Disc Brake Wheel Change

I am currently researching to buy a brand new bike for myself for the 2021 season. I have almost accepted that this bike will be a disc brake model. Would be great to get some feedback from the community on here before I pull the trigger on how a wheel change would work in a race scenario.

  • I know that for my MTB there is a thru axle and this needs an Allen key - surely a road bike should have a QR thru axle for a quick wheel swap in the event of a mechanical or puncture?
  • And following on from that - is there ever an issue around caliper alignment when you swap out a disc wheel? Getting rim brakes aligned is one thing but discs seem more unforgiving.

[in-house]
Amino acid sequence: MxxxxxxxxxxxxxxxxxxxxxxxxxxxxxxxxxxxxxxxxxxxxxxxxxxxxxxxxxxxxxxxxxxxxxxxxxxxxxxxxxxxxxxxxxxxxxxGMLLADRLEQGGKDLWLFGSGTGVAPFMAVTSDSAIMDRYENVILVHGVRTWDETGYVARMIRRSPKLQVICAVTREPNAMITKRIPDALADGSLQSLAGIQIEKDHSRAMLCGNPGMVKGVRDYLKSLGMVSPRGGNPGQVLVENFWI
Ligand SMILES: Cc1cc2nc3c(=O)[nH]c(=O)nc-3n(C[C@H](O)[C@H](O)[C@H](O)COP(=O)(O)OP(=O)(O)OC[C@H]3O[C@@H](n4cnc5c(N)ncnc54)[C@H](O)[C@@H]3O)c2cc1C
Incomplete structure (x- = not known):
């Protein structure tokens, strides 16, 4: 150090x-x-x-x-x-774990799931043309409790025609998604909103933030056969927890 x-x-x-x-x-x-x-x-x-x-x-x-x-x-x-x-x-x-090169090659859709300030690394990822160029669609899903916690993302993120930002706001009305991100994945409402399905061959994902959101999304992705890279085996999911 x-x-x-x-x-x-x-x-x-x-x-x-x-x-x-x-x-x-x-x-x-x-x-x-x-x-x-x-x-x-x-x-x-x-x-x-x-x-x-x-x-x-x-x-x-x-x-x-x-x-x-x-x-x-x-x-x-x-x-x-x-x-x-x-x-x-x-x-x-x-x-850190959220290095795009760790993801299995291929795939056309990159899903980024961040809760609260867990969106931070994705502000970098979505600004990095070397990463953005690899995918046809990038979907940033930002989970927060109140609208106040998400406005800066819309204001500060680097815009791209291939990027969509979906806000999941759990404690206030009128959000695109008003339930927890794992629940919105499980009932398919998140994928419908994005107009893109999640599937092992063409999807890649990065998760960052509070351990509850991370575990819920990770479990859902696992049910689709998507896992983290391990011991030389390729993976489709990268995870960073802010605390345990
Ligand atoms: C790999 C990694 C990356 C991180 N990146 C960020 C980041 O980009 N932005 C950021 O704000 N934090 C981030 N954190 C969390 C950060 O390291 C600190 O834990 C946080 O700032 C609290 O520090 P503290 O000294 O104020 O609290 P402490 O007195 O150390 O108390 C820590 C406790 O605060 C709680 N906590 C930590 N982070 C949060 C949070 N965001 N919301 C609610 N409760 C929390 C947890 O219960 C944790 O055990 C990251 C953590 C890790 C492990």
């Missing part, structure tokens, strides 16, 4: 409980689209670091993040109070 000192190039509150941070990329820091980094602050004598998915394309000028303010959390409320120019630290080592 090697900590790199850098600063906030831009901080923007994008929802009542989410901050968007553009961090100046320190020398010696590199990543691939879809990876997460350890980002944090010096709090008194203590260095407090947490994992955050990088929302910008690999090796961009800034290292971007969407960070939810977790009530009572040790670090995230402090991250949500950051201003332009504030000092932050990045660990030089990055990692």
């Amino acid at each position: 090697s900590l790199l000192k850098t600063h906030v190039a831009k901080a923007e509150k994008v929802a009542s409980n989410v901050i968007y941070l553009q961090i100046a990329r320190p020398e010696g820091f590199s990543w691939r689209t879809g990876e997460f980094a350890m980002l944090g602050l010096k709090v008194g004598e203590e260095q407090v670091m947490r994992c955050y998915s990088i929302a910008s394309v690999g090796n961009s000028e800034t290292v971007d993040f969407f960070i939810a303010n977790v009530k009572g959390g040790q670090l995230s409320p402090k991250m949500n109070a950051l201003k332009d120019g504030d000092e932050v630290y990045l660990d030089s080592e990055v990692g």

And for what it’s worth I’m looking at the ROSE X-Lite Six, Vitus Vitesse Evo, Scott Addict RC or Giant TCR. One of these days I will make my mind up :slightly_smiling_face:

If you watch the Tour, you will see mechanics using electric keys to quickly remove the through axles. No, they are not quick release.

I had this on the MTB. there are shims for the disks so things can align correctly between wheelsets.

I don’t think most bikes come with QR thru axles but I believe there are companies that sell ones that you can buy.

Yes, disc spacing from the wheel can vary a bit from wheel to wheel. You can buy little shims so that you can align your discs the same if you have multiple wheelsets. But if you forsee taking a wheel from a neutral support in a race then yeah you might run into a rubbing issue

They do make “quick release” style TA though…

Regardless, most of the time this isn’t going to be an issue, as you’re not going to be in a TdF style situation where you need a lightning fast wheel change.